Anne Leigh Foundas, MD

Professor and Vice-Chair of Clinical Research
Department of Neurology, LSUHSC
Director, Cognitive & Behavioral Neurology
Professor, Department of Psychology, UNO
Neuroimaging Core Director, LSU Epilepsy Center of Excellence

LSUHSC Brain & Behavior Center
Children's Hospital - Calhoun Campus
935 Calhoun Street
New Orleans, LA 70118
Phone: 504-568-4080
Fax: 504-568-7130


BS Psychology - 1979
Wellesley College, Wellesley, MA

MD - 1986
LSU School of Medicine, New Orleans, LA


Anne L. Foundas, M.D. is a Behavioral Neurologist, presently Professor of Neurology and Vice-Chair of Clinical Research in the Department of Neurology, Louisiana State University Health Sciences Center in New Orleans.

Dr. Foundas completed her undergraduate studies at Wellesley College, and went on to graduate from Louisiana State University School of Medicine in New Orleans in 1986. Dr. Foundas completed her Neurology residency training at the University of Florida in Gainesville where she also trained with Dr. Kenneth M. Heilman as a Post-doctoral Research Fellow in Cognitive and Behavioral Neurology. Dr. Foundas came to New Orleans in 1992 as Assistant Professor of Neurology at Tulane University School of Medicine. She rapidly rose through the ranks to Professor of Neurology in 2003. Dr. Foundas served as the Director of Neurology Residency Training and Co-Director of the combined programs of Medicine-Neurology and Psychiatry-Neurology Residency Training from 1995 to 2008. Dr. Foundas was the Director of Medical Student Education in Neurology in 2007 to 2008.

Dr Foundas directs a Human Cognitive Neuroscience research program that is both collaborative and interdisciplinary. Her research is funded by the National Institutes of Health, the Malcolm Fraser Foundation, Stuttering Foundation of America, Louisiana Board of Regents, Charles A. Dana Foundation, and the Department of Veterans Affairs Health and Human Services Research Programs. Publications include over 80 scientific papers and a text: Mendoza JE and Foundas AL. Clinical Neuroanatomy: A Neurobehavioral Approach. Springer Science and Business, Incorporated, New York, 2008.

Research Summary
Cognitive Neuroscience is a rapidly growing field which integrates neuroscience methods with theoretical models of cognitive neuropsychology with the goal of understanding the formation of thoughts and images in the human brain. Currently, human cognitive neuroscience as a discipline is concerned with the exploration of higher-order cognitive processes, and the effects on such processes in the context of developmental and acquired brain abnormalities.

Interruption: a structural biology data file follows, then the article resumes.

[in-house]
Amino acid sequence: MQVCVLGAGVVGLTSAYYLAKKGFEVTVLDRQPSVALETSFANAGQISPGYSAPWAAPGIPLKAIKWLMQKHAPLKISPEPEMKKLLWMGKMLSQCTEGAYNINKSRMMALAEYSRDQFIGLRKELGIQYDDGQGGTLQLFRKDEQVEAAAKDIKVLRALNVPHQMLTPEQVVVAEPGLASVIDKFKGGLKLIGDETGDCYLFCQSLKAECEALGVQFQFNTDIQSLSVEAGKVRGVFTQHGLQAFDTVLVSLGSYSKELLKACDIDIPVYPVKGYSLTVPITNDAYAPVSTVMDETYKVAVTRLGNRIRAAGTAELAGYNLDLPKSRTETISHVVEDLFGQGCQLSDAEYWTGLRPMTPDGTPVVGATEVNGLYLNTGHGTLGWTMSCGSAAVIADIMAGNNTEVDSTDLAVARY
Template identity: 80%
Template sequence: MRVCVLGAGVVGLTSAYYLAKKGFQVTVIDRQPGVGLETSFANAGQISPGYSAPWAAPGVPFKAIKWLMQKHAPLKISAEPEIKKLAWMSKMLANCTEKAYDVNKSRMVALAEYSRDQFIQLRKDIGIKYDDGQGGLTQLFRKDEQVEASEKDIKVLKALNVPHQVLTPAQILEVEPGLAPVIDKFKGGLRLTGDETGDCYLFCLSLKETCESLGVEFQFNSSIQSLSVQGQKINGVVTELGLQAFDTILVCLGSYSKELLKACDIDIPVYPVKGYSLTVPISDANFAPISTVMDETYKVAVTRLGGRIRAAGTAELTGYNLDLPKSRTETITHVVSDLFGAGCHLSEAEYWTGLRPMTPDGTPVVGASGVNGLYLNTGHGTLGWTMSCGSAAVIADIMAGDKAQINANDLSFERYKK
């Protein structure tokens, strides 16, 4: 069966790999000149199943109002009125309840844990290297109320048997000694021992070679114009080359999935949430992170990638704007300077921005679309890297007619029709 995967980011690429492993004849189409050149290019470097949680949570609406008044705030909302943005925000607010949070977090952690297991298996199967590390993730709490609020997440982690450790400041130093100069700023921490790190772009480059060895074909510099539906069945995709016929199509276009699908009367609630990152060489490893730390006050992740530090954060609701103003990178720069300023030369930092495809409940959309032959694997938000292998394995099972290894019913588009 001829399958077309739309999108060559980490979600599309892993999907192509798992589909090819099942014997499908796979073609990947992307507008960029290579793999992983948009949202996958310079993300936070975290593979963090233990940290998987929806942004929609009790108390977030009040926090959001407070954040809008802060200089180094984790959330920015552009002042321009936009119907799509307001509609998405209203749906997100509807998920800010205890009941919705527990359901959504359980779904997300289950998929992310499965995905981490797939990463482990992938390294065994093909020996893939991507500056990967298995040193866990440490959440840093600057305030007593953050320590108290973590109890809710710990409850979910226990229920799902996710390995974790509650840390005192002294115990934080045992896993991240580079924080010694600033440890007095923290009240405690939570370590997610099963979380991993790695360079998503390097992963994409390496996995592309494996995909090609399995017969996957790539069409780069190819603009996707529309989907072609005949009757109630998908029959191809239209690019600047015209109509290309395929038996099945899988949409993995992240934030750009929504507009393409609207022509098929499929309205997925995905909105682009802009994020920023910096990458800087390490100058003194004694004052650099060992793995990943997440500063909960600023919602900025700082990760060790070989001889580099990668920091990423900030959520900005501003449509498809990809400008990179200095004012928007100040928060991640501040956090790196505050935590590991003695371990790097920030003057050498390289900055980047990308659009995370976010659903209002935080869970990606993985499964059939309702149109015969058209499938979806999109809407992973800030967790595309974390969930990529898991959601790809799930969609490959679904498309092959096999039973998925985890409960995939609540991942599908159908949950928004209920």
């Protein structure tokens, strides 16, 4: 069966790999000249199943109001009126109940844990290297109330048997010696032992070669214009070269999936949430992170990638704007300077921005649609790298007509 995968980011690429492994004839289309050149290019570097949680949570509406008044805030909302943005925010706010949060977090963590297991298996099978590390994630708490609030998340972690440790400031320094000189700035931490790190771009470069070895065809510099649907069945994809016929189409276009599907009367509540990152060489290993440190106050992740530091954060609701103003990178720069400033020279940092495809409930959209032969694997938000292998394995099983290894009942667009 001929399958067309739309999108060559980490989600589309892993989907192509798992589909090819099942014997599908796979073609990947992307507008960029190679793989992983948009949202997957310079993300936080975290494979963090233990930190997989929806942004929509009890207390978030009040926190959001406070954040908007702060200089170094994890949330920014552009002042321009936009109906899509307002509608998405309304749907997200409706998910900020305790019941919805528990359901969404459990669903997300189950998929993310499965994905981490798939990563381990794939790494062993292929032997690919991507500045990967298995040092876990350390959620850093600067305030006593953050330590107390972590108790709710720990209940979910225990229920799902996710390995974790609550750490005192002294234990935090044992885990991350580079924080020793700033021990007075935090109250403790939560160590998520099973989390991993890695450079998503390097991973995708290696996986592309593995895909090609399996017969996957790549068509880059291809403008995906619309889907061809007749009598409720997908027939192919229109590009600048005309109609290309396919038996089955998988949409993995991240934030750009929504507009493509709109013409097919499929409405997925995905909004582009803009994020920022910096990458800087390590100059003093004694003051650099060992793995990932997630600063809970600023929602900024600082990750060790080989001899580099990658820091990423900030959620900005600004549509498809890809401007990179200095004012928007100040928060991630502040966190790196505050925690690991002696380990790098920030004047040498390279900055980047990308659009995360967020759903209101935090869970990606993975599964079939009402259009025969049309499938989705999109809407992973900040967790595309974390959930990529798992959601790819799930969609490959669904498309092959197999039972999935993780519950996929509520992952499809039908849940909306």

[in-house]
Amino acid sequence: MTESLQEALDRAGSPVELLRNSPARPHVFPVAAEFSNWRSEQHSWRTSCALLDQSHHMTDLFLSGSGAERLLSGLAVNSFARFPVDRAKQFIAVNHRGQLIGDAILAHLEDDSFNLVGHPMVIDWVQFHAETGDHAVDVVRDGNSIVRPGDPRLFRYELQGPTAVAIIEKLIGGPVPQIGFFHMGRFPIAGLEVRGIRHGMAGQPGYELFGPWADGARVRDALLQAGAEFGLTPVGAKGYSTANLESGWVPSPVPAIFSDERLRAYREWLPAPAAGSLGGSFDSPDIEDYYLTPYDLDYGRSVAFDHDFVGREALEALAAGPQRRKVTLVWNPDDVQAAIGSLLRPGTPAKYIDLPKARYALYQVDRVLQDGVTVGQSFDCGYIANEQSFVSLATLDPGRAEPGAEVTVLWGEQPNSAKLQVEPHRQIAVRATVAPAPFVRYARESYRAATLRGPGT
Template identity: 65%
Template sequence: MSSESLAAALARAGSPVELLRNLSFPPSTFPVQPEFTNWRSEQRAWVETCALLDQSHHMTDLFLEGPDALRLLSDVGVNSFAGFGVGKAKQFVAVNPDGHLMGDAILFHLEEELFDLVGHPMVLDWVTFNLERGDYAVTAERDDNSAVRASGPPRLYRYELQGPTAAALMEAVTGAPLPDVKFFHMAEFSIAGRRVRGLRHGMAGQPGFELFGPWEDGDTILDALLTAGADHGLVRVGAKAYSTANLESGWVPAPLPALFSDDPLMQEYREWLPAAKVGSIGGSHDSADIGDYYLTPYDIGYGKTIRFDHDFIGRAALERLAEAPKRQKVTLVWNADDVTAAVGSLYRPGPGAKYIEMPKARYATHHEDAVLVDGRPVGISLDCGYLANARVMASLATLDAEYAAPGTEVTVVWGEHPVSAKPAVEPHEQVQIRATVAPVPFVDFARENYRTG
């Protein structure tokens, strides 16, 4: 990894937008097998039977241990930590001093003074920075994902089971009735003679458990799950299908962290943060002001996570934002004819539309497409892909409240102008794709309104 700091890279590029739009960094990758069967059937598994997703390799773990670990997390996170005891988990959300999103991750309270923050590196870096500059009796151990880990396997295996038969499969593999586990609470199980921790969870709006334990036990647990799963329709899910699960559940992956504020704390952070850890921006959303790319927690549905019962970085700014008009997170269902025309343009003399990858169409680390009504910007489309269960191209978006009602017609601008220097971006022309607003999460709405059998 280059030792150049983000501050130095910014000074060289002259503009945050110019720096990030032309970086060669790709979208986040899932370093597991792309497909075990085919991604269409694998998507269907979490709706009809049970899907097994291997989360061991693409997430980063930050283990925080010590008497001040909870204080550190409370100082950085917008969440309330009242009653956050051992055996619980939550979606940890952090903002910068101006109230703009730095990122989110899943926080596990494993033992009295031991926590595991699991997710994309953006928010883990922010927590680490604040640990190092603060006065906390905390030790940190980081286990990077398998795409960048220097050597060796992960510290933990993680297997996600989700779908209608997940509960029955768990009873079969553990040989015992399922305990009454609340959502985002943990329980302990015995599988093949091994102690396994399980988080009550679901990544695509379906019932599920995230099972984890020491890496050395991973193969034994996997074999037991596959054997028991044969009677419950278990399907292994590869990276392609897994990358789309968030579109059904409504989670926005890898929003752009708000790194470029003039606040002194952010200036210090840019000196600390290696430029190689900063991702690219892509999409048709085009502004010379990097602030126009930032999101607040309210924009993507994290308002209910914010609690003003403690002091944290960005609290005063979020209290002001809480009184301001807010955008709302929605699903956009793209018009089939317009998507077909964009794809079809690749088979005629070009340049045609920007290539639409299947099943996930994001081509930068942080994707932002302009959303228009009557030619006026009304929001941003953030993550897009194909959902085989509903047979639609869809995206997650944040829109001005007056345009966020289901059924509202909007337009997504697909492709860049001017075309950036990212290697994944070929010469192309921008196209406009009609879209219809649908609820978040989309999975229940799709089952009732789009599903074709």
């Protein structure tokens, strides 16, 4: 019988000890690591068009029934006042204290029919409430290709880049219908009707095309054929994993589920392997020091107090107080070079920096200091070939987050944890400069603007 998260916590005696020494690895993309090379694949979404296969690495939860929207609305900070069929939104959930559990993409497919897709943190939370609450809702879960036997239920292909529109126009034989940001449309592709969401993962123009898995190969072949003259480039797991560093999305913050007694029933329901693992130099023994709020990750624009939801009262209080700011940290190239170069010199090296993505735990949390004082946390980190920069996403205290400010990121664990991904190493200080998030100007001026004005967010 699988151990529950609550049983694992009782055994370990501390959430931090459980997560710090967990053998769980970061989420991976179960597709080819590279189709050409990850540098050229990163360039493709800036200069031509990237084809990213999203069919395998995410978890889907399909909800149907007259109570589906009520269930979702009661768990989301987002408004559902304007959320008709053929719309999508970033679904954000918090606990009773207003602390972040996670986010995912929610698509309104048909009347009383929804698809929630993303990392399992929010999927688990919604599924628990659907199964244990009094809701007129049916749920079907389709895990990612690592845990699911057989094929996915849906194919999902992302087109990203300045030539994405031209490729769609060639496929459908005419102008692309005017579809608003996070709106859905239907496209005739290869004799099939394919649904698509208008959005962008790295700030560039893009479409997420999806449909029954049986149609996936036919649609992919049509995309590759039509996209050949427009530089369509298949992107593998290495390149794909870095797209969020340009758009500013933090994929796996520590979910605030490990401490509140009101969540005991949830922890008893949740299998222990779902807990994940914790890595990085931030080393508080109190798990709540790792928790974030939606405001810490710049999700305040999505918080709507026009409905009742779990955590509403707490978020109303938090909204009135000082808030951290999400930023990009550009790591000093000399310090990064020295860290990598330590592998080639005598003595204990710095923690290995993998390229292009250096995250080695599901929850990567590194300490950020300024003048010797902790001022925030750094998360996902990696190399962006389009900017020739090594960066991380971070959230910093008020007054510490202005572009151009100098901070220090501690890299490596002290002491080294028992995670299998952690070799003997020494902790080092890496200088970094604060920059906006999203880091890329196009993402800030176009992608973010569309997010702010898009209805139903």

Cognitive Neuroscience is being driven by dramatic advances in neuroimaging and neurophysiologic methods. Anatomical details of the brain can be reconstructed using structural MRI methodologies. Cognitive functions, such as memory and language, can be studied by analyzing subtle, task-related changes in blood flow using functional MRI paradigms. The timing of neural activity can be precisely mapped using cortical event-related potentials (ERP) which can be co-registered with brain images derived from structural and functional MRI. Cerebral ischemia can be studied with diffusion-perfusion weighted imaging, and metabolic studies can be conducted with MR spectroscopy. Motor and cognitive neural systems can be studied using transcranial magnetic stimulation (TMS) methods. In this way, the precise anatomy, function, timing, and physiology of neural events can be studied in humans in vivo. We have utilized these state-of-the-art MRI and neurophysiological methods to study complex cognitive operations in healthy individuals, and then we have applied these methods to study clinical populations including: developmental stuttering, stroke, dementia, and epilepsy.